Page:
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Comment Re:Stronger? (Score 1) 262

It wouldn't solve anything, because you have no clue about mechanics of such composite assemblies. Just forget it. There is no rotor issue. Remember that the article doesn't mention any issues at all. They managed to shatter a carbon disk that wasn't designed for the job. Big deal. There are no other problems at all. It's just sensationalism and innuendo. Get over it.

Comment Re:Stronger? (Score 1) 262

Let's get some perspective.

A well-loaded SUV doing pedal-to-the-metal ABS emergency braking from 100mph on dry pavement with summer tires can easily hit 1MW total braking power.
A passenger car doing some only mildly distracted late braking in city traffic easily pulls off 50kW braking power.
An old grandma's scooter can easily exceed 5kW of braking power in city traffic.

The 4.6kW figure is a typo, and anyone who takes it on face value is silly. I don't know where the heck it came from. A 6 ton vehicle doing 15 second braking from 160mph to stop needs to dissipate 1MW.

All figures are average power per vehicle, not per brake. Uneven braking will produce higher peak power.

Comment Re:Stronger? (Score 1) 262

So, let me think. A simple chunk of metal that heats itself by friction, vs. a generator and a bunch of resistor coils. Yes, I thought so. Proposing regen braking for this project is insane. BTW, who the heck told you that heating is a problem? Disc brakes work just fine. On my wife's car, on dry pavement, I can hit 1MW of braking power for a second or two, no biggie. Braking a 6 ton vehicle from 160mph is no problem for disc brakes. Let me repeat: braking is not a problem at all. It's the survivability of a brake disc that wasn't necessarily designed for operation in enterprise hard drive spindle type of a job. A major problem with off-the-shelf brake discs in this application is fatigue cracking. They have various holes and radii that are not designed for the hard drive spindle operation called for here. The whole article is IMHO a big fat decoy, most likely an inadvertent one - due to ignorance, not malice.

Comment Re:Killowatts are power, not energy (Score 1) 262

The hard part is going to be making the brakes survive spinning at 10,000rpm, not dissipating the energy from slowing down.

Finally someone who gets it :) But that's not even the hard part. The hard part is making a much larger diameter wheel that will survive this. The brake disc is, comparably speaking, peanuts.

Comment Re:Killowatts are power, not energy (Score 1) 262

"There are 100 ways I can think of for stopping a car without having brake disks."

You miss the forest for the trees. The article is just mumbo-jumbo. The wheel itself is a much larger diameter metal structure, subject to much larger stresses. Since the wheel isn't a problem, seemingly, then the friction disc brake isn't either. Remember that the disc brake doesn't have to operate at 1000mph, and doesn't have to endure the high centrifugal forces while being hot. Operation at 160mph is peanuts. Why did they goof and go with carbon discs I don't know, but the brakes aren't an issue at all. If the wheel survives, a similarly constructed brake disc will, too. The entire reason for having a separate braking disc and not using the wheel itself is the wear. The wheel has much larger diameter than the brake disc, so any braking wear on its circumference would require wheel rebalancing. That's an expensive, time consuming operation, since the wheel has to be balanced better than a hard drive spindle is balanced.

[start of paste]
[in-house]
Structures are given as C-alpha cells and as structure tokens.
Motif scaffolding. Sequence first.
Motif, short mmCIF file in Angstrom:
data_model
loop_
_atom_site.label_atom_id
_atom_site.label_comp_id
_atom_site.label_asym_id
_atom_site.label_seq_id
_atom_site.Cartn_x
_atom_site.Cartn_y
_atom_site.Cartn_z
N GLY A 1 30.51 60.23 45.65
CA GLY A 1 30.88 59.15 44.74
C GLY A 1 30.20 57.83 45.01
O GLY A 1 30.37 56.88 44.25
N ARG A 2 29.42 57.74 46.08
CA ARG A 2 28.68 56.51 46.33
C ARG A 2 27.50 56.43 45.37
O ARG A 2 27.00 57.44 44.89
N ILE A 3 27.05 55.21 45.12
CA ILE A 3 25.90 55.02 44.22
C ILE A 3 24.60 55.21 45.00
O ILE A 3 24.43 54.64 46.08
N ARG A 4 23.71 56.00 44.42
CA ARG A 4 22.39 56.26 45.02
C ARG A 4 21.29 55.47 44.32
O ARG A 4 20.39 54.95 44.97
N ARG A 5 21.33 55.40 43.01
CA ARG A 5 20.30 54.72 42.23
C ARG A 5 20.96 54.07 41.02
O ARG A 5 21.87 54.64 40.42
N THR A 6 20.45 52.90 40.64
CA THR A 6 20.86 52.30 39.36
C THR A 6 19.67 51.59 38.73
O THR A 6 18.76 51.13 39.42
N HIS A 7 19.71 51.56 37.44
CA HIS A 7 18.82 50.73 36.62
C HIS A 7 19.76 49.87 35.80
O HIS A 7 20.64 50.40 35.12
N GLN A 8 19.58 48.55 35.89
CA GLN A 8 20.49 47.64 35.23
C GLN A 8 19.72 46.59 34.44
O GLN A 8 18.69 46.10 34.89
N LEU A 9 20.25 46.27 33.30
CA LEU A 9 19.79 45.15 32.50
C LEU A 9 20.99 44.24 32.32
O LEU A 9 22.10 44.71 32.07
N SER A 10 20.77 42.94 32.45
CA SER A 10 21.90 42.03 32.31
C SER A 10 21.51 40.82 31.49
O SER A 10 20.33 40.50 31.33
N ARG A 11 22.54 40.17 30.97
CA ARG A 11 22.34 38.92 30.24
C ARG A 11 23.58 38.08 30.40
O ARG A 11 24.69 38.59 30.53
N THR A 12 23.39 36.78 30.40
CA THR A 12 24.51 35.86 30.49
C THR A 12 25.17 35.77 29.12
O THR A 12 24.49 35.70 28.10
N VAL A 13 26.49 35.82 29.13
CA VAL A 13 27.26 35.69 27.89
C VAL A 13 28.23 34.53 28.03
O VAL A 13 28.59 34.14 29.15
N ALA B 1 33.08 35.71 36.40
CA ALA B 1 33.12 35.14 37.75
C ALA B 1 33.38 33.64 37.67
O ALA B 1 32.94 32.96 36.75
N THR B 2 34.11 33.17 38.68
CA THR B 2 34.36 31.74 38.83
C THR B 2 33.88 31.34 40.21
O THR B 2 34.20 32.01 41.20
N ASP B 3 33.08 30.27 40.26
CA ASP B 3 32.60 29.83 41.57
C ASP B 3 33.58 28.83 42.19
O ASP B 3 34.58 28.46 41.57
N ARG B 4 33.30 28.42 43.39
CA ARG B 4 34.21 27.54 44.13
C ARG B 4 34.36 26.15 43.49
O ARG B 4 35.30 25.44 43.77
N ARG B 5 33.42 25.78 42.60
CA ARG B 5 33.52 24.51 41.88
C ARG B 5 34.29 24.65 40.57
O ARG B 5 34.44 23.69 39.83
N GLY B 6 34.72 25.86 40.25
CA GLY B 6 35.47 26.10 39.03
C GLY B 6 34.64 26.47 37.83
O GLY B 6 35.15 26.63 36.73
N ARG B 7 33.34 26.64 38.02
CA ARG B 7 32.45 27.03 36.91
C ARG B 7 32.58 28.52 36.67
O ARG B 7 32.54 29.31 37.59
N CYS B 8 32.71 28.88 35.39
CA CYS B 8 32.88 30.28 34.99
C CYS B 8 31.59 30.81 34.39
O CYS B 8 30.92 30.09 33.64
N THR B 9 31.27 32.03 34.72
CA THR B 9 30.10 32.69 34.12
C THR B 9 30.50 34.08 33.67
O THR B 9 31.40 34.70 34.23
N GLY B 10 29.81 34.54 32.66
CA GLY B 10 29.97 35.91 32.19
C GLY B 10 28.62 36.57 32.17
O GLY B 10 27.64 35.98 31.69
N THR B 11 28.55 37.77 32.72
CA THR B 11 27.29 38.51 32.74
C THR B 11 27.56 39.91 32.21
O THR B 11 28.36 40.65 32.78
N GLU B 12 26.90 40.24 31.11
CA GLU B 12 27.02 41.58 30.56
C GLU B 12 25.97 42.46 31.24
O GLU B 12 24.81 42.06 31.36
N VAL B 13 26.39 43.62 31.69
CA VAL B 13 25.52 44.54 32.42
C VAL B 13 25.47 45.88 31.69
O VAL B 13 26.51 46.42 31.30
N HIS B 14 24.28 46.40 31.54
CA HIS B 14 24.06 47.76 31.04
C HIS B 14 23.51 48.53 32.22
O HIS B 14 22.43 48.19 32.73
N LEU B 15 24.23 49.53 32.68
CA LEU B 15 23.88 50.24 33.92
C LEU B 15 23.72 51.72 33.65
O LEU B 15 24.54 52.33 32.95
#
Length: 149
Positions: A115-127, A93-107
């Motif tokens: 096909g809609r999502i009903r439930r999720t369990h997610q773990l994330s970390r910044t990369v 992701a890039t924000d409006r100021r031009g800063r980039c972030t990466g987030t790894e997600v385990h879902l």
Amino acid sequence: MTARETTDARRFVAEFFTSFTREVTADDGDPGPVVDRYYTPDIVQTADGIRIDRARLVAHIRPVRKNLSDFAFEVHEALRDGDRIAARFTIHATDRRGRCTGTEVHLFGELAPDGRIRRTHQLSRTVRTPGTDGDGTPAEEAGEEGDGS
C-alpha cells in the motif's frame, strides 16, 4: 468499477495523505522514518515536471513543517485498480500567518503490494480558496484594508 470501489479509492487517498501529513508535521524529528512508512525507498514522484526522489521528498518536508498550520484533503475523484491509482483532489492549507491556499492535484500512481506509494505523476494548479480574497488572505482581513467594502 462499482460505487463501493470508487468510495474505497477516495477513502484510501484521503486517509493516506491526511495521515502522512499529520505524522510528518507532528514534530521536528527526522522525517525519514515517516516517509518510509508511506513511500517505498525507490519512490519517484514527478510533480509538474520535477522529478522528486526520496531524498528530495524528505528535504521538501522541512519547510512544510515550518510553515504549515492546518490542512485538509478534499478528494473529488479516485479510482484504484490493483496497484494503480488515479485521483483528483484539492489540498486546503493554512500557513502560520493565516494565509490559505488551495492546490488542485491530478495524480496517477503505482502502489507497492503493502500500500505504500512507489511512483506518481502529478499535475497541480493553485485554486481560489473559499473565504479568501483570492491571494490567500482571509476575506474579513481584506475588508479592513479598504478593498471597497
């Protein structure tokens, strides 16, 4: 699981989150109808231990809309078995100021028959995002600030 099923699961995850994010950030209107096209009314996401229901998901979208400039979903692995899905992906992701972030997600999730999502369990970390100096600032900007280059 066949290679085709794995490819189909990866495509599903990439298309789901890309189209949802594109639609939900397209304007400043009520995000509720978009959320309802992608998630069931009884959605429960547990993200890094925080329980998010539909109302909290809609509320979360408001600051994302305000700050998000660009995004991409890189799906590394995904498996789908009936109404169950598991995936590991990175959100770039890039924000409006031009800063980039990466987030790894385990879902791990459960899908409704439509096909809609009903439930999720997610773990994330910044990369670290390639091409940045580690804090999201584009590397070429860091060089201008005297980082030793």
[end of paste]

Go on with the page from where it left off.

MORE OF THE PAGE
Comment Re:Killowatts are power, not energy (Score 2) 262

Of course if you actually looked at what you propose you'd realize that any inductive system still needs to use bulky rotors. It's the rotor's survivability that is the problem. The fact that it's a friction brake is rather inconsequential here. It's not the braking that is the problem. It's mere survivability of a disc brake at rotational speeds of an enterprise hard drive.

Comment Re:Killowatts are power, not energy (Score 1) 262

They do, although they are not really called cars anymore. The problem isn't 160MPH nor 6 tonnes. The problem is that the brakes have to survive "storage" (not braking) at 10kRPM, since the car will be going ~1000mph at some point. Everyone is focusing at the low speed or relatively forgettable weight. Those are not the problems, even my "little" Volvo XC90, when loaded, weighs about 2.5 tonnes, and I'm sure its brakes would survive slowing it down from 160MPH with a 3 ton brakeless trailer attached to it. Meh. But I don't really know if the front brake discs would survive being spun up to 10kRPM.

Comment Re:USA, the land of freedom (Score 1) 304

It's much easier than it was in the year 2000, as far as I can tell. There are quite a few products at the local dollar store that are, in fact, made in the U.S.A. Same goes for home improvement stores - I've started to find U.S.-made tools.

Comment Re:Teensy 3.1 is cooler (Score 1) 138

Heck, I don't even know who would need solder paste without actually using a laser-cut stencil and, you know, actually printing the paste like it was meant to be - in quantity? What's the point? You don't even need or want a fine-tipped soldering iron. For reflowing anything with leads, you in fact want a nice 3mm-5mm wide, short tip with good thermal conductivity. You don't need solder paste, you do need a flux pen .

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